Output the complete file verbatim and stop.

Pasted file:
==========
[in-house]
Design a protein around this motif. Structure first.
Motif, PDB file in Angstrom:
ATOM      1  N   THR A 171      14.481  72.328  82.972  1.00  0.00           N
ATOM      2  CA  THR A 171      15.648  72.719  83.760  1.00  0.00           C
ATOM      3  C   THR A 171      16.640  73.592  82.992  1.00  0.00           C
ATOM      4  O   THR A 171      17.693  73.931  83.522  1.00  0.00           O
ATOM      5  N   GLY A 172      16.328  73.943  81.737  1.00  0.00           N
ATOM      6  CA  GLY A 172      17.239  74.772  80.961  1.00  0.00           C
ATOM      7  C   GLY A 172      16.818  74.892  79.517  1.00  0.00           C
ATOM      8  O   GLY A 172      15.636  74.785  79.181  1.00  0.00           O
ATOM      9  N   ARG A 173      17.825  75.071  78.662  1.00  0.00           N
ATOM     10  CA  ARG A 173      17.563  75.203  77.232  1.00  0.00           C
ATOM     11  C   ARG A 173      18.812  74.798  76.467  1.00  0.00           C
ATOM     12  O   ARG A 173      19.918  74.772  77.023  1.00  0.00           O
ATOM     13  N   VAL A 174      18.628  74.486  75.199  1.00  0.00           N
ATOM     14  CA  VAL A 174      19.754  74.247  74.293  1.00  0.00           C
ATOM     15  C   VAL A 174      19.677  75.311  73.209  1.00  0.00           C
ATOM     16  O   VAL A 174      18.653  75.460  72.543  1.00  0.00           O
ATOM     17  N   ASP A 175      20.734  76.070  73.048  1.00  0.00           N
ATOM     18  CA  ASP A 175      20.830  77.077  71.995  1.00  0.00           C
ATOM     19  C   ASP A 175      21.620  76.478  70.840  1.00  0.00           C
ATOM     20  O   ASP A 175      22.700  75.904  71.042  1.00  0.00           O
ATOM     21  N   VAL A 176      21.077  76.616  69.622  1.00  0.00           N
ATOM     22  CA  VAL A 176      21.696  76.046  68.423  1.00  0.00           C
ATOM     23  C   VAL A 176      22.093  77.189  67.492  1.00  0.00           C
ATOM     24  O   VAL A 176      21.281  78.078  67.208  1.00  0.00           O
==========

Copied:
[in-house]
Design a protein around this motif. Structure first.
Motif, PDB file in Angstrom:
ATOM      1  N   THR A 171      14.481  72.328  82.972  1.00  0.00           N
ATOM      2  CA  THR A 171      15.648  72.719  83.760  1.00  0.00           C
ATOM      3  C   THR A 171      16.640  73.592  82.992  1.00  0.00           C
ATOM      4  O   THR A 171      17.693  73.931  83.522  1.00  0.00           O
ATOM      5  N   GLY A 172      16.328  73.943  81.737  1.00  0.00           N
ATOM      6  CA  GLY A 172      17.239  74.772  80.961  1.00  0.00           C
ATOM      7  C   GLY A 172      16.818  74.892  79.517  1.00  0.00           C
ATOM      8  O   GLY A 172      15.636  74.785  79.181  1.00  0.00           O
ATOM      9  N   ARG A 173      17.825  75.071  78.662  1.00  0.00           N
ATOM     10  CA  ARG A 173      17.563  75.203  77.232  1.00  0.00           C
ATOM     11  C   ARG A 173      18.812  74.798  76.467  1.00  0.00           C
ATOM     12  O   ARG A 173      19.918  74.772  77.023  1.00  0.00           O
ATOM     13  N   VAL A 174      18.628  74.486  75.199  1.00  0.00           N
ATOM     14  CA  VAL A 174      19.754  74.247  74.293  1.00  0.00           C
ATOM     15  C   VAL A 174      19.677  75.311  73.209  1.00  0.00           C
ATOM     16  O   VAL A 174      18.653  75.460  72.543  1.00  0.00           O
ATOM     17  N   ASP A 175      20.734  76.070  73.048  1.00  0.00           N
ATOM     18  CA  ASP A 175      20.830  77.077  71.995  1.00  0.00           C
ATOM     19  C   ASP A 175      21.620  76.478  70.840  1.00  0.00           C
ATOM     20  O   ASP A 175      22.700  75.904  71.042  1.00  0.00           O
ATOM     21  N   VAL A 176      21.077  76.616  69.622  1.00  0.00           N
ATOM     22  CA  VAL A 176      21.696  76.046  68.423  1.00  0.00           C
ATOM     23  C   VAL A 176      22.093  77.189  67.492  1.00  0.00           C
ATOM     24  O   VAL A 176      21.281  78.078  67.208  1.00  0.00           O